This seems inconsistent with his teaching, but at least shows that he was compassionate.

•Regarding the effectiveness of using religion instead of brute force to enforce civil laws: religion is much more effective, especially in driving the emotions which encourage submission to civil authorities.  In my view economics is the source of most of the religious, social and political problems in the world.  Jesus suffered, died and was buried because he interfered with economic activity in Jerusalem. No upstart deity has ever prevailed by fighting the State and Established Religion simultaneously.

My fellow Christian is reasonable in saying that she believes that Jesus' death, burial and resurrection saved all of mankind to God without exception, and there are numerous scriptural passages to support this claim—which is a clear articulation of the liberal Protestant view, (i.e. Arminianism). But there are also numerous passages to suggest that salvation is not for all, but only those predestined to receive it—a difficult teaching.  But the more philosophical issue is one of justice—if all are saved, no exceptions, than does it matter if you are Hitler or Mother Theresa, or even exposed to the Gospels at all?

I have to agree with the comment above that economics and politics are inextricably linked with religious teachings, depending on the historical context.  I differ with the explanation of the fate of Jesus, but not by much.  It seems he was executed by local authorities out of fear that the unrest he was causing might provoke violence and oppression from the Roman occupiers of Palestine. 

But if religion is a far more effective way of motivating people than secular laws, why not dispense with secular law entirely and rely on sectarian codes?  (Probably because there needs to be a balance between the two.)  On what basis would any law be considered unjust, unless it was compared to some higher, (religious) standard?  Economics certainly illuminates some of the issues here, but not all.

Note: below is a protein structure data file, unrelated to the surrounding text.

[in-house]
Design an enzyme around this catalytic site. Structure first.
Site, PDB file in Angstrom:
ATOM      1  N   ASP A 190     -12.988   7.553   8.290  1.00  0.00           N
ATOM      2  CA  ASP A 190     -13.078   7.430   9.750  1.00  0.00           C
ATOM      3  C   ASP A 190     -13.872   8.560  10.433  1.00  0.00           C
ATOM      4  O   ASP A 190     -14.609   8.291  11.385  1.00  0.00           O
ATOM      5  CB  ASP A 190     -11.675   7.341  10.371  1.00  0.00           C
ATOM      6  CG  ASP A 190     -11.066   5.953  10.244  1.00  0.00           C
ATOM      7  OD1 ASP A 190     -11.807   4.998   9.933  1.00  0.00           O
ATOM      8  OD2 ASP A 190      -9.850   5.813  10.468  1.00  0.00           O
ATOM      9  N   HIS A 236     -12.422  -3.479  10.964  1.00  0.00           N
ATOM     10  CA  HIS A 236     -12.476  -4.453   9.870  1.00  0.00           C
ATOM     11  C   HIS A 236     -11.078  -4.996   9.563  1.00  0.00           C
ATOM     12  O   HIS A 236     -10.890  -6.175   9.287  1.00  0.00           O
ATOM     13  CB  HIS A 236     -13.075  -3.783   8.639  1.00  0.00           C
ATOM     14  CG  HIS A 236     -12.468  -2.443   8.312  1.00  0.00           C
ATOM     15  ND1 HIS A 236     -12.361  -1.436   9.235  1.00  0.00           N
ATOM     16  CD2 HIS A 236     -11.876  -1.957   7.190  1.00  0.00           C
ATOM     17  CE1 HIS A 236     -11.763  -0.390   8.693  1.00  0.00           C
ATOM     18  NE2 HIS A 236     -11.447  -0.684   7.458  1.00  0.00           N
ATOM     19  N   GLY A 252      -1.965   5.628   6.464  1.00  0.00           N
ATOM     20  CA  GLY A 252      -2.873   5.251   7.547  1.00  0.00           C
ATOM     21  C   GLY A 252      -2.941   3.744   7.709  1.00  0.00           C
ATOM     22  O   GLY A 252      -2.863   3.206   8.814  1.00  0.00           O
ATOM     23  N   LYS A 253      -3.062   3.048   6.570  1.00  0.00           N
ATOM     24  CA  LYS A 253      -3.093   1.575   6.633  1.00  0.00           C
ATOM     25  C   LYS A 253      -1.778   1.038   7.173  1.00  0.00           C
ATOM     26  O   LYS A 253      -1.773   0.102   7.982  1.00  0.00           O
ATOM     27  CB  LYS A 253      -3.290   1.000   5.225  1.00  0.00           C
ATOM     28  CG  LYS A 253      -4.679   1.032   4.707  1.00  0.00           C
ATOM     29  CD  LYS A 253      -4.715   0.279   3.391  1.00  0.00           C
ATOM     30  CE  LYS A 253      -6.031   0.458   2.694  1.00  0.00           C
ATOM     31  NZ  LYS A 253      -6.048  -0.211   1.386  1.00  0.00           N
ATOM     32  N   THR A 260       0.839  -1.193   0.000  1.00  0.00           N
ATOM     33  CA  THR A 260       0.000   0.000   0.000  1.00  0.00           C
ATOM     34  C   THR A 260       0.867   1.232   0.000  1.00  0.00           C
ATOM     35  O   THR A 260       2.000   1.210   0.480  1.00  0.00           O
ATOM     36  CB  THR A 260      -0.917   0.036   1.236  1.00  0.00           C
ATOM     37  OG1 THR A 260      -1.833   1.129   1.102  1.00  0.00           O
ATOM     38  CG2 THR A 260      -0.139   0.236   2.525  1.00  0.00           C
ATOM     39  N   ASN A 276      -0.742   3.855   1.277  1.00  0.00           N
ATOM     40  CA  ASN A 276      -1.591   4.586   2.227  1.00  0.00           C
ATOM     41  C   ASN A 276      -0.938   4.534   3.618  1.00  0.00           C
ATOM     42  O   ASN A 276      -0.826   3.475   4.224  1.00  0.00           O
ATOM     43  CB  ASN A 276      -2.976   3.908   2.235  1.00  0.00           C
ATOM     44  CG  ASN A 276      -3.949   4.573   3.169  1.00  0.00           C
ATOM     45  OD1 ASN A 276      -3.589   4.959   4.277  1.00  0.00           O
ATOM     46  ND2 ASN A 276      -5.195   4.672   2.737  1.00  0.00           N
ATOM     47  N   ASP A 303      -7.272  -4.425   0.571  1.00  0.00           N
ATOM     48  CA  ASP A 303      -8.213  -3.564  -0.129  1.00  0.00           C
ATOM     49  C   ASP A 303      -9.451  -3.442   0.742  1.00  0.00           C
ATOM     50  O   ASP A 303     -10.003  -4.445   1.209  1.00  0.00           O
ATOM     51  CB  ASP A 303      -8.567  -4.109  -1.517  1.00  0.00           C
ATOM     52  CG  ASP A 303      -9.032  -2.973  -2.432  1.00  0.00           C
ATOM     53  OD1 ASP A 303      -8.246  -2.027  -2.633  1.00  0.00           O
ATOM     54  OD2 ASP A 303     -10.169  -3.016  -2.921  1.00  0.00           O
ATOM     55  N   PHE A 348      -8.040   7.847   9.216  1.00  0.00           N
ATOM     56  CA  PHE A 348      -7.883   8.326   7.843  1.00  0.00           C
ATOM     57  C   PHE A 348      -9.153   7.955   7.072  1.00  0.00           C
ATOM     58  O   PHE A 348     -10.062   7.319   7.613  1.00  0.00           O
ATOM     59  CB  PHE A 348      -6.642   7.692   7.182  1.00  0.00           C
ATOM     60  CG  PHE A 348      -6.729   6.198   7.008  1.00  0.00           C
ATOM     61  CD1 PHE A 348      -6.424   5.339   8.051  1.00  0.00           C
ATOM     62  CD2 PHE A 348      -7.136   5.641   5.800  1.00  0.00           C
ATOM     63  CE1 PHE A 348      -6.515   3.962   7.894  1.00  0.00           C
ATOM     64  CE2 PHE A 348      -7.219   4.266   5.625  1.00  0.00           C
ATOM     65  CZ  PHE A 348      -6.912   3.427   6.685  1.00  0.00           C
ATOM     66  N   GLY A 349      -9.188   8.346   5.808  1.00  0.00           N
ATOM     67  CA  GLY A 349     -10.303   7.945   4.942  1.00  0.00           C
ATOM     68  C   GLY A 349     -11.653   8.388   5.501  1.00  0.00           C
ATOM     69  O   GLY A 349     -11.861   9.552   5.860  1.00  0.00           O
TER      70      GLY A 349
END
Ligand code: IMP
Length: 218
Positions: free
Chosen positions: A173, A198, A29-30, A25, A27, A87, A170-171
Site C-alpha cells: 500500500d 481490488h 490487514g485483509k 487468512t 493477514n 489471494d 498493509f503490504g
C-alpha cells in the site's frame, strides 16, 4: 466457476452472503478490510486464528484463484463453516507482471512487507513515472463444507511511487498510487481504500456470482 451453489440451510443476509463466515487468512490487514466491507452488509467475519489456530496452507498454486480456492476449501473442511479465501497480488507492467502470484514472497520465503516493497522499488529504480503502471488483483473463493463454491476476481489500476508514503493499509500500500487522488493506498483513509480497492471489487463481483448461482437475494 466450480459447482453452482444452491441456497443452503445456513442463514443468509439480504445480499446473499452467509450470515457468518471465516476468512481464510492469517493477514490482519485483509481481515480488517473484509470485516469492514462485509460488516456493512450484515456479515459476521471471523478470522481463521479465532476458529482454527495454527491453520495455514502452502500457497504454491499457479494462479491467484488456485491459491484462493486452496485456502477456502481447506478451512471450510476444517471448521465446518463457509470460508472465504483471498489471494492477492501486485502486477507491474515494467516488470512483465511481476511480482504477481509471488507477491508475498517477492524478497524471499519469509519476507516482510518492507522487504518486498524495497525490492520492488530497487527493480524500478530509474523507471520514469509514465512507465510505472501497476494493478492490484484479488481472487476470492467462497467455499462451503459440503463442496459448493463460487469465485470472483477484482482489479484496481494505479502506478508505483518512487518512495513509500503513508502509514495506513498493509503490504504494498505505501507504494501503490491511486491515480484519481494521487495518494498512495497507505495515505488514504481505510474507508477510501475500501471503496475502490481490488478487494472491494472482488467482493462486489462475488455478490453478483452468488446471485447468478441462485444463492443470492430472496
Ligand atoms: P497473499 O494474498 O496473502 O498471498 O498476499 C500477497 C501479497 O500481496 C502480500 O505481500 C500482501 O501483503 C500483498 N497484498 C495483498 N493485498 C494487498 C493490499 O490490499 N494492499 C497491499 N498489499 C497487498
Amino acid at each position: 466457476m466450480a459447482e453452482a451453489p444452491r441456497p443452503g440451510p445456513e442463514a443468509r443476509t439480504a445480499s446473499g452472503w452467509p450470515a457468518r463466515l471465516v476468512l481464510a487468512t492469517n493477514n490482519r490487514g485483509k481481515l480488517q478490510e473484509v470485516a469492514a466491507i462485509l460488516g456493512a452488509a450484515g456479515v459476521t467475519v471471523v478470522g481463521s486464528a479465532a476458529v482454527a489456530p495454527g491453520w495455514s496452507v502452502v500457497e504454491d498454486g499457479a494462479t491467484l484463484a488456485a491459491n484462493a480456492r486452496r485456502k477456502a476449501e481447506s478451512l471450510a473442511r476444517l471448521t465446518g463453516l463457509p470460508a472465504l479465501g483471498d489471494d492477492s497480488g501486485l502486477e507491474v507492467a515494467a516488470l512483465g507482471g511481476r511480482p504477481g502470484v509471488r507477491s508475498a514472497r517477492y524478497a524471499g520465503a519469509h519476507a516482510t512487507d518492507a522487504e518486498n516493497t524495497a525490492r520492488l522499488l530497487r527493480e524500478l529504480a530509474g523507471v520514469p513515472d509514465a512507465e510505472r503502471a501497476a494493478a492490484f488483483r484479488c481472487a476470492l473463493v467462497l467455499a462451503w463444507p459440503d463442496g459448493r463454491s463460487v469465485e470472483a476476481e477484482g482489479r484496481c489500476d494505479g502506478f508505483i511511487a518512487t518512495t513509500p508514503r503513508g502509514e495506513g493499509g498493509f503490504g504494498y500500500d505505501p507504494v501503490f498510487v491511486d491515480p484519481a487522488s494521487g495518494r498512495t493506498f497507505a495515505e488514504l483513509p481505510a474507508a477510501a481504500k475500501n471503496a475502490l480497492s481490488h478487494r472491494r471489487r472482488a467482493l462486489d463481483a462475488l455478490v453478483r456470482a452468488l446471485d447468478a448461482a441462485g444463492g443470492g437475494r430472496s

The one respondent’s earlier claim that science (or reason) should not absolutely determine the truth one holds but instead support one's intuitions rings true with me, if you consider that science, (as I do), is just another belief system.  Reason serves faith, no matter what it is you believe in.  Hopefully, faithfully, what you believe to be true—actually is.


And so forth.  We could have gone on and on, (and in fact we did).  The ancient question of whether God exists and is active in human affairs has no final answer, nor should.  The conversation here depicted is as old as the question it attempted to answer, a question likely to be asked again and again.

One last quote from Nietzsche:  “My doctrine is:  Live that thou mayest desire to live again—that is thy duty—for in any case thou wilt live again!”